Watch this weekend: “Uncle Howard”

In Uncle Howard, writer-director Aaron Brookner offers a highly personal look at filmmaker and creative force Howard Brookner. A fixture of the lively downtown NYC art scene of the eighties, Howard Brookner collaborated with the likes of Jim Jarmusch and Madonna and made three films (including the acclaimed documentary Burroughs: The Movie) before dying of complications from AIDS at the age of 34.

Brookner combs through the hours of film his uncle left behind (stored in William S. Burrough’s old Bowery apartment), revealing rare footage and archival photos of luminaries including Patti Smith, John Waters, Francis Bacon and Spike Lee. Brookner’s film offers a fascinating look at a moment in downtown NYC history and is a moving tribute to his uncle’s short, remarkable life.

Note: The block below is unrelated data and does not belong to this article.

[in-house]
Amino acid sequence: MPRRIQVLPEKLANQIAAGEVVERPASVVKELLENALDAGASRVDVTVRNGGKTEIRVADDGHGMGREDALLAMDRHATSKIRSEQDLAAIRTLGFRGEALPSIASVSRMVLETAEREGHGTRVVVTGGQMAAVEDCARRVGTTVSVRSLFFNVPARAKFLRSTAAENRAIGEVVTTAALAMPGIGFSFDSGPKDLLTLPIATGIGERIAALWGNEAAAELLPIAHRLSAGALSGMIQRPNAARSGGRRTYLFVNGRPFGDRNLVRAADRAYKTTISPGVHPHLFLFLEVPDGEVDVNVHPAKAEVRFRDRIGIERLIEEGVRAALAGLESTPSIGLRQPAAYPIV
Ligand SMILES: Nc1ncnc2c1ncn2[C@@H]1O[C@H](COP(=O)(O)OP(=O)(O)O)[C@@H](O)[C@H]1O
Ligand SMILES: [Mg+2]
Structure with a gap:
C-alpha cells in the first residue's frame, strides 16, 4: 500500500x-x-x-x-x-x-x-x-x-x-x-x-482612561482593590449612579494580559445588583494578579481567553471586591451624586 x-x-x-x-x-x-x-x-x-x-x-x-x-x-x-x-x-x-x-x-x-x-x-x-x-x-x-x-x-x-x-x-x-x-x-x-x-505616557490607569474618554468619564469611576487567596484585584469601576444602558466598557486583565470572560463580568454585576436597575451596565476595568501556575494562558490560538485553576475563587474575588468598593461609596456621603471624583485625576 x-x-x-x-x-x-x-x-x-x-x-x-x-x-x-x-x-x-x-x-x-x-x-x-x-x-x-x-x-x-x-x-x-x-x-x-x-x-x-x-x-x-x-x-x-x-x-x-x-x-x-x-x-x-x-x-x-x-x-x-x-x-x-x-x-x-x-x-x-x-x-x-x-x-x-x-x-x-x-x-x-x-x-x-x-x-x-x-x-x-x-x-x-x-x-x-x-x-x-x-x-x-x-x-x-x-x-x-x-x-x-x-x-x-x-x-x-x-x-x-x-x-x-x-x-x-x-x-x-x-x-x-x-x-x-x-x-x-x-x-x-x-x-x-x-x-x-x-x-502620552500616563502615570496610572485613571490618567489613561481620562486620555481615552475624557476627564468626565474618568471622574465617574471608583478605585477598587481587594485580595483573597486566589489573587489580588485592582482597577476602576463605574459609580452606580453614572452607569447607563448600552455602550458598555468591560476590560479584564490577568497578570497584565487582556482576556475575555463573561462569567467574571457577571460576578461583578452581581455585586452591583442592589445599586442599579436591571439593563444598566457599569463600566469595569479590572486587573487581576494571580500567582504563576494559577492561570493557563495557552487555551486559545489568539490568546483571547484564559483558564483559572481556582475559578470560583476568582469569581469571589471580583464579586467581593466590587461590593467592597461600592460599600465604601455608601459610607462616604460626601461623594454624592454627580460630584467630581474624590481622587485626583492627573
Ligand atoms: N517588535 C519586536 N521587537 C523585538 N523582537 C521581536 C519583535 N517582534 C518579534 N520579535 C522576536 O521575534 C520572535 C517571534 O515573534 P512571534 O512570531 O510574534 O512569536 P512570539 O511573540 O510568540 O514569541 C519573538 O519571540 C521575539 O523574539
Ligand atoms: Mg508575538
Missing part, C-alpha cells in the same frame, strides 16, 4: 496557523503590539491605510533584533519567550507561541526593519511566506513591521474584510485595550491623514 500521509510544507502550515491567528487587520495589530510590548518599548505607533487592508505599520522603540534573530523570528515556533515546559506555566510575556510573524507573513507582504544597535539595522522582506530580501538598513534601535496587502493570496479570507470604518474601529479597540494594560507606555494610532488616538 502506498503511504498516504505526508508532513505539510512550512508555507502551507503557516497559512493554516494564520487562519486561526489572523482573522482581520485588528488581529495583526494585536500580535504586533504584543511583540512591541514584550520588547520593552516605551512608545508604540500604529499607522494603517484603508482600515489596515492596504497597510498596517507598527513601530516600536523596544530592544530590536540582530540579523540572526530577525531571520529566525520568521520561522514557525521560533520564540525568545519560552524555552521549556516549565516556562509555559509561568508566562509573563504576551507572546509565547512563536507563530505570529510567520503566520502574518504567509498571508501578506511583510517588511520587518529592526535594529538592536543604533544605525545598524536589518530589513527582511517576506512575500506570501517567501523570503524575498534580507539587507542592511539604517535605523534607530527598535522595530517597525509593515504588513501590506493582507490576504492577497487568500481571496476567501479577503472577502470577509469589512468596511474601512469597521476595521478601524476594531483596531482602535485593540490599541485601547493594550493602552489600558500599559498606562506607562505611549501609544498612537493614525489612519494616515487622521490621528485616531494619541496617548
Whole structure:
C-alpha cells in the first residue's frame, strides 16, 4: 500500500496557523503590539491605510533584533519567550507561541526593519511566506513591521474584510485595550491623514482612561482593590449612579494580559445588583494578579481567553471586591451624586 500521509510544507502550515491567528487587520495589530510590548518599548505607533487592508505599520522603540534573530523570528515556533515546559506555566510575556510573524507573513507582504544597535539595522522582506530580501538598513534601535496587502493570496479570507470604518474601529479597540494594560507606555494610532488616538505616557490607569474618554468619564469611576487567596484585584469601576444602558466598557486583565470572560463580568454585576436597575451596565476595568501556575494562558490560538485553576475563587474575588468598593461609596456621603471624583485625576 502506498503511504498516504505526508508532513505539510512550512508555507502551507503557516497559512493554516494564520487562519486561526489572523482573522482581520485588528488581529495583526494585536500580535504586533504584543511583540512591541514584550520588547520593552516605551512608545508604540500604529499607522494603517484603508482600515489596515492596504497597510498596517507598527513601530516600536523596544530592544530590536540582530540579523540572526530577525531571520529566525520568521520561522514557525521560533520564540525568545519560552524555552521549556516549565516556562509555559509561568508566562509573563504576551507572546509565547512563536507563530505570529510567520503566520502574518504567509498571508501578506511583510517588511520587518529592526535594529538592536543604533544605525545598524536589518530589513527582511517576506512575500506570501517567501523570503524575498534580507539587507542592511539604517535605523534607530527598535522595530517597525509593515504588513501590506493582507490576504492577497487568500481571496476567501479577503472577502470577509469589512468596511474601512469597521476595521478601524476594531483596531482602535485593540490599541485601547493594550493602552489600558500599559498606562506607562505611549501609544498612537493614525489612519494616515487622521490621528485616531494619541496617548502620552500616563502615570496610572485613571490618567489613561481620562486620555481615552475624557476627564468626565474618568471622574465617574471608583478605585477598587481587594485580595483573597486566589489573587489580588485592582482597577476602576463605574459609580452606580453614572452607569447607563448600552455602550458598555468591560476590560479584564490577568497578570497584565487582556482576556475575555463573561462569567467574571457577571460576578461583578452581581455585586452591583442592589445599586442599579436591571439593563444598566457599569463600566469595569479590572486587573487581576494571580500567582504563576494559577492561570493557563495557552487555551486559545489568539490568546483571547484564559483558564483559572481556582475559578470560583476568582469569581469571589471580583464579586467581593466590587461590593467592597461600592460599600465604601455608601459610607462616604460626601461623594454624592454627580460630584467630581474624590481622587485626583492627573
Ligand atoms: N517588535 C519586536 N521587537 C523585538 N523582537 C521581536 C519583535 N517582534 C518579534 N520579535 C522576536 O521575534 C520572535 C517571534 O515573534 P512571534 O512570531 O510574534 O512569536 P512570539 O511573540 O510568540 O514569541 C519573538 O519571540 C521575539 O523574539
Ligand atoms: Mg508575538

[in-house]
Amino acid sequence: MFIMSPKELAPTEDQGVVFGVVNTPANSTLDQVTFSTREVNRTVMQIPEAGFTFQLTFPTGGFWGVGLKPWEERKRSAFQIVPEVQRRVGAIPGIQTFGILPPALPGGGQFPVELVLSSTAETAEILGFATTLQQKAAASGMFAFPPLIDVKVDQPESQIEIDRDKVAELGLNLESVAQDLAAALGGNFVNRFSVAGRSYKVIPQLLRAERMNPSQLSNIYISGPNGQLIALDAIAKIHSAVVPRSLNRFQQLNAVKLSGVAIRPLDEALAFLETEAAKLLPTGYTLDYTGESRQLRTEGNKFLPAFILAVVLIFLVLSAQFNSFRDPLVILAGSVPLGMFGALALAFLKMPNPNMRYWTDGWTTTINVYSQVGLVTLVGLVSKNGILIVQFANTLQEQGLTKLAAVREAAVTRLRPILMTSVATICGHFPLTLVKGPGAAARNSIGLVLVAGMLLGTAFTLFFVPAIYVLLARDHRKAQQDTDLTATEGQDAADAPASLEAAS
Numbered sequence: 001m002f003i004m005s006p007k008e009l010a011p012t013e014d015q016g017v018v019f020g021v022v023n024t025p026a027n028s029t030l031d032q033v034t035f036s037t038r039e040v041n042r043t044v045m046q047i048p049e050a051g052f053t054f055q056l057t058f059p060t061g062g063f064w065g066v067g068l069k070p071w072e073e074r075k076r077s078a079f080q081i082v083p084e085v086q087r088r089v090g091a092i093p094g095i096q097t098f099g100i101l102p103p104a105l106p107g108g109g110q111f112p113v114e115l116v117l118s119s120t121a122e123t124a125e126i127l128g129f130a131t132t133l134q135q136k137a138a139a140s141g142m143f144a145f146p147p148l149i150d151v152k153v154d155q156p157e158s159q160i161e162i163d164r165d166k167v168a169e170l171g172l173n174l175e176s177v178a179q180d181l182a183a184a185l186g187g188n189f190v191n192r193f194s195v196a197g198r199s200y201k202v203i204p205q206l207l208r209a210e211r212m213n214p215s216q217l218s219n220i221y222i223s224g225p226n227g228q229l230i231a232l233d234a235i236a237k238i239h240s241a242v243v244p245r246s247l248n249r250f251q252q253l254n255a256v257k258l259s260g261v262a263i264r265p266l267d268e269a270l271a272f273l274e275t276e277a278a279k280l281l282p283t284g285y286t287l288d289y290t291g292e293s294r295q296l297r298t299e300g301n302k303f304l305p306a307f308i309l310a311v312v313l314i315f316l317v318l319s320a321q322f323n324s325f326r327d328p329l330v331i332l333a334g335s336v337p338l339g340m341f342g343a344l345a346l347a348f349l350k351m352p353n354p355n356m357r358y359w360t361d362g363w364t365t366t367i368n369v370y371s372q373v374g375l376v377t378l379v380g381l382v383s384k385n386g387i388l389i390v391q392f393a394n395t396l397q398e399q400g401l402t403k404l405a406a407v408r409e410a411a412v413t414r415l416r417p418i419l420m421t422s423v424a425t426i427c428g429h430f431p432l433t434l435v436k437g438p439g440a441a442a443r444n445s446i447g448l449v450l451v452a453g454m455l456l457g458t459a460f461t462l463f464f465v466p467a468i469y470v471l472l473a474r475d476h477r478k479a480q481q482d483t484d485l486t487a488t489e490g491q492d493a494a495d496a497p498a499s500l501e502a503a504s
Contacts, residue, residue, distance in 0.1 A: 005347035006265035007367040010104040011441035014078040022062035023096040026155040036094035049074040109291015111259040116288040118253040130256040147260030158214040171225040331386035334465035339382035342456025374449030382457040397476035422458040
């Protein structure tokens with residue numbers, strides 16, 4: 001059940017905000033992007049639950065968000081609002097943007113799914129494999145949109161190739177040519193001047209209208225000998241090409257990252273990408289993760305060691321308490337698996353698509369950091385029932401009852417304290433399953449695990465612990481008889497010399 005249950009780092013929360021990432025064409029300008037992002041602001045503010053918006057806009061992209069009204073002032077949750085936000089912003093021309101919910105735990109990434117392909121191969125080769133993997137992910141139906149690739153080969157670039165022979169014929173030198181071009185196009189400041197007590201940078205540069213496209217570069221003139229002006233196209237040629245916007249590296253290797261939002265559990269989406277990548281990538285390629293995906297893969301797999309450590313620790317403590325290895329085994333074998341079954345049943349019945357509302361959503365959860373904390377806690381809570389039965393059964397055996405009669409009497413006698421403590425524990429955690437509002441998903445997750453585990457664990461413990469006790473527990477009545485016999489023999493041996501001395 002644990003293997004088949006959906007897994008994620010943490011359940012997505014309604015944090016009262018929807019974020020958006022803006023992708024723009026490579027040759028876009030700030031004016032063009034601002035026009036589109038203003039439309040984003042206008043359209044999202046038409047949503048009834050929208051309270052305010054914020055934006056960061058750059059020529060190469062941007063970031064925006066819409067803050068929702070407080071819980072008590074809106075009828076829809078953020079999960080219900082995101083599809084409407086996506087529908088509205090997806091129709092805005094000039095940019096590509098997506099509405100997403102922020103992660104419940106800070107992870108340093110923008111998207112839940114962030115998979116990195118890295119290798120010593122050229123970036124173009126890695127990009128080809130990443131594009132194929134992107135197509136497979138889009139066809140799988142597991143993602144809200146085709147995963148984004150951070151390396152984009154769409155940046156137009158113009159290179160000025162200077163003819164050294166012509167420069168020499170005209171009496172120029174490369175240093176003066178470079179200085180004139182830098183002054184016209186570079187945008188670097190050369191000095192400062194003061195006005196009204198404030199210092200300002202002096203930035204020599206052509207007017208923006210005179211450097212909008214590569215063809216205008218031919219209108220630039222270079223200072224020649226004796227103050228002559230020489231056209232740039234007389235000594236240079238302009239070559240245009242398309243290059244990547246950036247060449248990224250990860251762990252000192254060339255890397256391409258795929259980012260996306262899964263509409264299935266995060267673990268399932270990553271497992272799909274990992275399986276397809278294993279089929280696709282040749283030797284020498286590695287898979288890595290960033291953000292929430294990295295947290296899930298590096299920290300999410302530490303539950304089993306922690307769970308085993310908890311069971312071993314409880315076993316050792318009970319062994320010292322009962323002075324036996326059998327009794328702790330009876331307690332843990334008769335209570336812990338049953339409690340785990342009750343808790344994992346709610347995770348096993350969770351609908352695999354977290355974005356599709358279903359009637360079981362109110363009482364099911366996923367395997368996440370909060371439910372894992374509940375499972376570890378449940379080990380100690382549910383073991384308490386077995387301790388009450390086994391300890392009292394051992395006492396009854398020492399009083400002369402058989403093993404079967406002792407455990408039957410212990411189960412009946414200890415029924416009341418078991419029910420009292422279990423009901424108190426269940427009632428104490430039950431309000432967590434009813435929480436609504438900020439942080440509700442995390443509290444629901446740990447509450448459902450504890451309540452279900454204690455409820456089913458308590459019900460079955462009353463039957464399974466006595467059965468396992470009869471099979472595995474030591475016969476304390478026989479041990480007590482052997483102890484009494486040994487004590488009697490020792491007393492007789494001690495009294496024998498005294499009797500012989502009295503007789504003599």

Back in 2016, Brookner spoke to Tom Roston at POV about the film, his uncle Howard, and what Howard might have done next.

Roston: What sort of career do you imagine your uncle would have had if he had not died so young?

Brookner: It’s hard to tell what kind of career he might have had.  He was pretty unique.  Maybe something like the Coen Brothers in that he would have made really great films within in the studio system (especially once he could get final cut).  Maybe like Gus Van Sant and bounce between studio and independent.  Howard might have also gone on to do something completely unpredictable.  Like becoming a criminal mastermind.

"Uncle Howard" is now streaming on OVID

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